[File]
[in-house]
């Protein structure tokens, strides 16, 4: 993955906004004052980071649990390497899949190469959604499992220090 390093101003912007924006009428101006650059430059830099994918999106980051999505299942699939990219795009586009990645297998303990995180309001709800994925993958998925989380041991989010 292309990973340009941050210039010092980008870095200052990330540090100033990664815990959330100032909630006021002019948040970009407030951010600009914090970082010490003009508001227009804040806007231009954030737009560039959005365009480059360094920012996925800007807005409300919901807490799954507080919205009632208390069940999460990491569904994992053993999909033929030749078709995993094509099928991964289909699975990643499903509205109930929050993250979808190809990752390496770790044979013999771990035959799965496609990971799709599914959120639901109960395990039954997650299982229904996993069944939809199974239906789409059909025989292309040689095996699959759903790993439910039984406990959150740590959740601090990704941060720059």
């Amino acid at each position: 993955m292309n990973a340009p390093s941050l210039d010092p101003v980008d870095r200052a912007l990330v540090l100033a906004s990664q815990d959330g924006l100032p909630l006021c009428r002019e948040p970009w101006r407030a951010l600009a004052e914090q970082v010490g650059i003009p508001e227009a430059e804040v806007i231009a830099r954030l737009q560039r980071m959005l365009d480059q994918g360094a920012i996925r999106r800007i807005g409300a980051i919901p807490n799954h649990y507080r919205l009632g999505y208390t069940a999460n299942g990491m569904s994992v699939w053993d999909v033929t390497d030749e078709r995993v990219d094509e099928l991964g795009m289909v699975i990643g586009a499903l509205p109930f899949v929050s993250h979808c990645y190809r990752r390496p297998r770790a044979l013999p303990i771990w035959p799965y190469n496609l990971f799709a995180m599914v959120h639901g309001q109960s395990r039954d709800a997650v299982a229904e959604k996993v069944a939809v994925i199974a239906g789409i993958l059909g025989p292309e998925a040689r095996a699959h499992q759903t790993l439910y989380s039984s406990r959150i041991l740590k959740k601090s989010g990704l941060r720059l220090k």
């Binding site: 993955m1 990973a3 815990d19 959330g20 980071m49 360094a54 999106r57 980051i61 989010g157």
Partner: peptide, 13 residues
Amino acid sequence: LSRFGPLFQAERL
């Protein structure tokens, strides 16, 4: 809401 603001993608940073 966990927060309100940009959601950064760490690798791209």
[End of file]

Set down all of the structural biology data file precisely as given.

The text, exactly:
[in-house]
């Protein structure tokens, strides 16, 4: 993955906004004052980071649990390497899949190469959604499992220090 390093101003912007924006009428101006650059430059830099994918999106980051999505299942699939990219795009586009990645297998303990995180309001709800994925993958998925989380041991989010 292309990973340009941050210039010092980008870095200052990330540090100033990664815990959330100032909630006021002019948040970009407030951010600009914090970082010490003009508001227009804040806007231009954030737009560039959005365009480059360094920012996925800007807005409300919901807490799954507080919205009632208390069940999460990491569904994992053993999909033929030749078709995993094509099928991964289909699975990643499903509205109930929050993250979808190809990752390496770790044979013999771990035959799965496609990971799709599914959120639901109960395990039954997650299982229904996993069944939809199974239906789409059909025989292309040689095996699959759903790993439910039984406990959150740590959740601090990704941060720059």
């Amino acid at each position: 993955m292309n990973a340009p390093s941050l210039d010092p101003v980008d870095r200052a912007l990330v540090l100033a906004s990664q815990d959330g924006l100032p909630l006021c009428r002019e948040p970009w101006r407030a951010l600009a004052e914090q970082v010490g650059i003009p508001e227009a430059e804040v806007i231009a830099r954030l737009q560039r980071m959005l365009d480059q994918g360094a920012i996925r999106r800007i807005g409300a980051i919901p807490n799954h649990y507080r919205l009632g999505y208390t069940a999460n299942g990491m569904s994992v699939w053993d999909v033929t390497d030749e078709r995993v990219d094509e099928l991964g795009m289909v699975i990643g586009a499903l509205p109930f899949v929050s993250h979808c990645y190809r990752r390496p297998r770790a044979l013999p303990i771990w035959p799965y190469n496609l990971f799709a995180m599914v959120h639901g309001q109960s395990r039954d709800a997650v299982a229904e959604k996993v069944a939809v994925i199974a239906g789409i993958l059909g025989p292309e998925a040689r095996a699959h499992q759903t790993l439910y989380s039984s406990r959150i041991l740590k959740k601090s989010g990704l941060r720059l220090k």
């Binding site: 993955m1 990973a3 815990d19 959330g20 980071m49 360094a54 999106r57 980051i61 989010g157």
Partner: peptide, 13 residues
Amino acid sequence: LSRFGPLFQAERL
């Protein structure tokens, strides 16, 4: 809401 603001993608940073 966990927060309100940009959601950064760490690798791209």